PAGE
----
Appeal of Shared National Credit (First Quarter 2017)
A participant bank appealed the troubled debt restructure (TDR) designation assigned to two senior secured, reserve-based revolving credit facilities with a split rating of substandard and doubtful during the first-quarter 2017 Shared National Credit (SNC) examination.
The appeal argued that the nonconforming borrowing base was not a concession granted by the bank group as the amount of the legal claim never changed. The appeal contended that the borrower provided credit enhancements that sufficiently compensated the bank group for a concession granted to the borrower. The credit enhancements included an increase in the mortgage requirement on the oil and gas assets, use of asset sales proceeds to repay the funded balance, prohibition on distributions and payment of management fees, a price increase, and addition of a reserve coverage ratio of 1.50X. The appeal stated that the bank group allowed the borrower time to raise equity to pay down the nonconforming component of the borrowing base. The appeal contended that if the borrower was unsuccessful in securing the required equity, the bank group could compel the borrower to sell assets.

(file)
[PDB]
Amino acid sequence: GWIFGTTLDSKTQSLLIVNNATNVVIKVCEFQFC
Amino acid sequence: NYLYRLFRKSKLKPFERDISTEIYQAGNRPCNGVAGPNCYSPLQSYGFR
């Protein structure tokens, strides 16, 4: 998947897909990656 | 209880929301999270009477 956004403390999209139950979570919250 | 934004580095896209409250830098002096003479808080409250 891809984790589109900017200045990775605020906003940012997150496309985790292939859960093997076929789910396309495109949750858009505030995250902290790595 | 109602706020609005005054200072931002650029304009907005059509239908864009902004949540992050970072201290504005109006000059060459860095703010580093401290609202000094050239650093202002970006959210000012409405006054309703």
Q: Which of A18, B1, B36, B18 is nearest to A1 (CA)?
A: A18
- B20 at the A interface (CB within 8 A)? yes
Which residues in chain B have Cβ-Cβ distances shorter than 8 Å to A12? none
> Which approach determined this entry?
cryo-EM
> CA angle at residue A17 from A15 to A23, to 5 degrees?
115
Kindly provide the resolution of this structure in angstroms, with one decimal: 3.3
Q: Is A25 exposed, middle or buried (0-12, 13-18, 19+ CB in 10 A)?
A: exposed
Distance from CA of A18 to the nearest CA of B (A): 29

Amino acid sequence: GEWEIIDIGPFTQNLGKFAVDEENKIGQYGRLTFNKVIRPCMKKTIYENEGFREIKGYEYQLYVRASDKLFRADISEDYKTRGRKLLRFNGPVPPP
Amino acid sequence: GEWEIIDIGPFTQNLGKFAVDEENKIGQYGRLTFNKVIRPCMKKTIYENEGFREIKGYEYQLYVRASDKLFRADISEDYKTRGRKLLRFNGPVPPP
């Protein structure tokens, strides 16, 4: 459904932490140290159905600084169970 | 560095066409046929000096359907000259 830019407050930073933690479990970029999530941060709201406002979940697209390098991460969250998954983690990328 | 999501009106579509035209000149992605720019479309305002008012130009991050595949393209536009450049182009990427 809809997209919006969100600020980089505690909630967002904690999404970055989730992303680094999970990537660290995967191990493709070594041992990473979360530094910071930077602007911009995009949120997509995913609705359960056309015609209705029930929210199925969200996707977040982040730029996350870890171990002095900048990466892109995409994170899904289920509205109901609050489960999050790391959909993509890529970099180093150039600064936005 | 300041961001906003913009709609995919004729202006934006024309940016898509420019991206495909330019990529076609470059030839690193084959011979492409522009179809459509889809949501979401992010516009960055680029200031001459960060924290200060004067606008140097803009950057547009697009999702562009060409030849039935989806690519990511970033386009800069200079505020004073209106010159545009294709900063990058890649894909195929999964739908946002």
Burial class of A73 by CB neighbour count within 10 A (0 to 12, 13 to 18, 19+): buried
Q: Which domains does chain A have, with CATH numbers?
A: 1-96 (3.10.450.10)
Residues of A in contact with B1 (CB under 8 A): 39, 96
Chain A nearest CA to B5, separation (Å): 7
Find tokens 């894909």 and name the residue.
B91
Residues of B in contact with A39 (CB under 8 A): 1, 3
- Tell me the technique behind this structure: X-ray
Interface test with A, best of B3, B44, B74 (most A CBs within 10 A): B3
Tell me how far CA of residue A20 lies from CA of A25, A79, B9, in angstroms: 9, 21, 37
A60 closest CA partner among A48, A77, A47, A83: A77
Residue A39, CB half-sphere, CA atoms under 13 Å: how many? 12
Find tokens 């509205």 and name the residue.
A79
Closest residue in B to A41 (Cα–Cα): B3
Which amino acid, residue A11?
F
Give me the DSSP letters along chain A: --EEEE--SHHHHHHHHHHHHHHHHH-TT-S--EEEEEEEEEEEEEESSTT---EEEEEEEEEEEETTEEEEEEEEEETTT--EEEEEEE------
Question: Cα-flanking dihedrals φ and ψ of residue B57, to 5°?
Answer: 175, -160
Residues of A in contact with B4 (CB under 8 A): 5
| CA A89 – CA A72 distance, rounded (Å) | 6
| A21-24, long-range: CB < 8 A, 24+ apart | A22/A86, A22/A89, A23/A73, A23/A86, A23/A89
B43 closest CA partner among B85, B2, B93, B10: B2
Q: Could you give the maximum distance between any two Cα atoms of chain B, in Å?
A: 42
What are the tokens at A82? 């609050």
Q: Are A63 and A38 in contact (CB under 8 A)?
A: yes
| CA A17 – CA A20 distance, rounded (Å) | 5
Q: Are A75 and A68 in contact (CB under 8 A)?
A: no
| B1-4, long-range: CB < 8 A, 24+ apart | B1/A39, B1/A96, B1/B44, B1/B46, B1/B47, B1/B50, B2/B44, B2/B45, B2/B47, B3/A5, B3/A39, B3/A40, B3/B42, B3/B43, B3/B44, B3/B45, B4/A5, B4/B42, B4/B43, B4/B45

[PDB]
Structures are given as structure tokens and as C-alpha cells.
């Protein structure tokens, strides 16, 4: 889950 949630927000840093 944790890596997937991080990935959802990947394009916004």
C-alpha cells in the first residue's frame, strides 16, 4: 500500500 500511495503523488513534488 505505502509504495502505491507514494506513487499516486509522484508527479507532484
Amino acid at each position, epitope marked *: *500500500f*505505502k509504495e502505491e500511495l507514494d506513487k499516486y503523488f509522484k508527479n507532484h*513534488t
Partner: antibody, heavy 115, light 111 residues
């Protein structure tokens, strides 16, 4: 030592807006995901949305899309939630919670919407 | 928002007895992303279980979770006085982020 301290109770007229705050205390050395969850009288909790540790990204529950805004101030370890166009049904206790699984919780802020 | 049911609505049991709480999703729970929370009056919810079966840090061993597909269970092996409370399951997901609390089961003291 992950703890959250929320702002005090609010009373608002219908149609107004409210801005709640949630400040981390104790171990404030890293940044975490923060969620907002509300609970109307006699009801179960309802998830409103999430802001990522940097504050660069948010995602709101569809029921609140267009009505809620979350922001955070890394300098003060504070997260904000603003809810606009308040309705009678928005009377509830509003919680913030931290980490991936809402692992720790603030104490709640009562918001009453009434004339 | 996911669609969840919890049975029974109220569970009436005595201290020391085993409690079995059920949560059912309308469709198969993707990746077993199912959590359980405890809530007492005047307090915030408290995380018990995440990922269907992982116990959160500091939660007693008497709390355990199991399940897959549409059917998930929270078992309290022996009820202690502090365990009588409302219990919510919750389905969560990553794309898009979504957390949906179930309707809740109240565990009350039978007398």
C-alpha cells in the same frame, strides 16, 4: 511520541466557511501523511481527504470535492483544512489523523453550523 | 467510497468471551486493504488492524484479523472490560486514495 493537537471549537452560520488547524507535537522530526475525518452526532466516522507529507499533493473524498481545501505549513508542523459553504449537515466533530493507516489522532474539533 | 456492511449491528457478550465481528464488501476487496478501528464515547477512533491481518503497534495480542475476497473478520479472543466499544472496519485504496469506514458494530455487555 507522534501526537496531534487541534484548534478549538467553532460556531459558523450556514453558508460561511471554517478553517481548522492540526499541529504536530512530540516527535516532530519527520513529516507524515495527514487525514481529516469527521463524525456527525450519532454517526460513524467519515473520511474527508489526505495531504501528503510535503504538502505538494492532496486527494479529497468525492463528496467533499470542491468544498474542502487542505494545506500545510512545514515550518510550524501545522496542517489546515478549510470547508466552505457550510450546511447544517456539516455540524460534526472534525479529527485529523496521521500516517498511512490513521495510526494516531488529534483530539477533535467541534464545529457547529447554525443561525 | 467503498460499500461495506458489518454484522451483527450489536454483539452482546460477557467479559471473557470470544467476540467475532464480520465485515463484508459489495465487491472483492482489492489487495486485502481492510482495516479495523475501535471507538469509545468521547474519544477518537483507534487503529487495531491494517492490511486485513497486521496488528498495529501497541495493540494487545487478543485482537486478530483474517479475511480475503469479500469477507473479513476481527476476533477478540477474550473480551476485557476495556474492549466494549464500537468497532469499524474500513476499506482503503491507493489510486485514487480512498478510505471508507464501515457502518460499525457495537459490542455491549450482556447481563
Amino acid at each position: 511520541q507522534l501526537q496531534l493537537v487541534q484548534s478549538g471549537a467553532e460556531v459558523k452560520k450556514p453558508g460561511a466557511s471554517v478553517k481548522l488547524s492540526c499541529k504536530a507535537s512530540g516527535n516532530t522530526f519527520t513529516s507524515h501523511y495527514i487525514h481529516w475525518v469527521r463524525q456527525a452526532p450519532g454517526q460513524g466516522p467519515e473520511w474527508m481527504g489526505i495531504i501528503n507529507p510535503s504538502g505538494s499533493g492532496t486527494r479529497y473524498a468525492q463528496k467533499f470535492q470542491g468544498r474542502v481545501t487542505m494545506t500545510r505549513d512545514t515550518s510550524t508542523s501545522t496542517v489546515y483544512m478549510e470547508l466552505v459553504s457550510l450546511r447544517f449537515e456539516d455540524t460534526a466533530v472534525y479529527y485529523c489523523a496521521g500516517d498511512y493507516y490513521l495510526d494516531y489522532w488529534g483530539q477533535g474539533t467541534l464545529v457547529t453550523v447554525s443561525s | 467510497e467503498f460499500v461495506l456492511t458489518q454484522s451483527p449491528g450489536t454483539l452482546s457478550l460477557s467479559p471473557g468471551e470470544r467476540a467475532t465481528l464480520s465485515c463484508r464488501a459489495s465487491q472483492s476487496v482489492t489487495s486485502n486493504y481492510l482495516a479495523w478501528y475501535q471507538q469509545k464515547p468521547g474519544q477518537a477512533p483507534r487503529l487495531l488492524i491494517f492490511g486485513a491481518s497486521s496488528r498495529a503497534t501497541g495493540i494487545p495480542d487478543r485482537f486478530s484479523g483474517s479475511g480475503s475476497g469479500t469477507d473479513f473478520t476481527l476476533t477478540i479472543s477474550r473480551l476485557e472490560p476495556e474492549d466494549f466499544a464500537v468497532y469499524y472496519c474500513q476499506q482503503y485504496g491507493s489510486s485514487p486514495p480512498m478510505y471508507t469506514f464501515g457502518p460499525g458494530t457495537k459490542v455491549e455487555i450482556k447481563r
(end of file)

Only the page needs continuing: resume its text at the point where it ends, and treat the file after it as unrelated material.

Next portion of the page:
An interagency appeals panel of three senior credit examiners concurred with the SNC examination team’s originally assigned TDR designation, as the borrower was experiencing financial difficulty and the bank group provided a concession.
The nonconforming borrowing base indicated a need for the borrower to reduce debt. The borrower was unable to repay the debt according to the provisions of the credit agreement and the bank group granted a concession by providing a limited waiver of default to negotiate a restructure. The appeals panel evaluated the credit enhancements and concluded that while the actions were reasonable and appropriate, they did not adequately compensate the bank group for the added risk posed by the nonconforming component of the borrowing base and the borrower’s troubled financial condition. The interest rates on the conforming and nonconforming components of the borrowing base do not appear to represent market rates for the risk posed by a borrower with little liquidity and significant financial difficulties. The other modifications in terms and controls received in the restructure are actions to mitigate risk and do not adequately compensate for the elevated risk.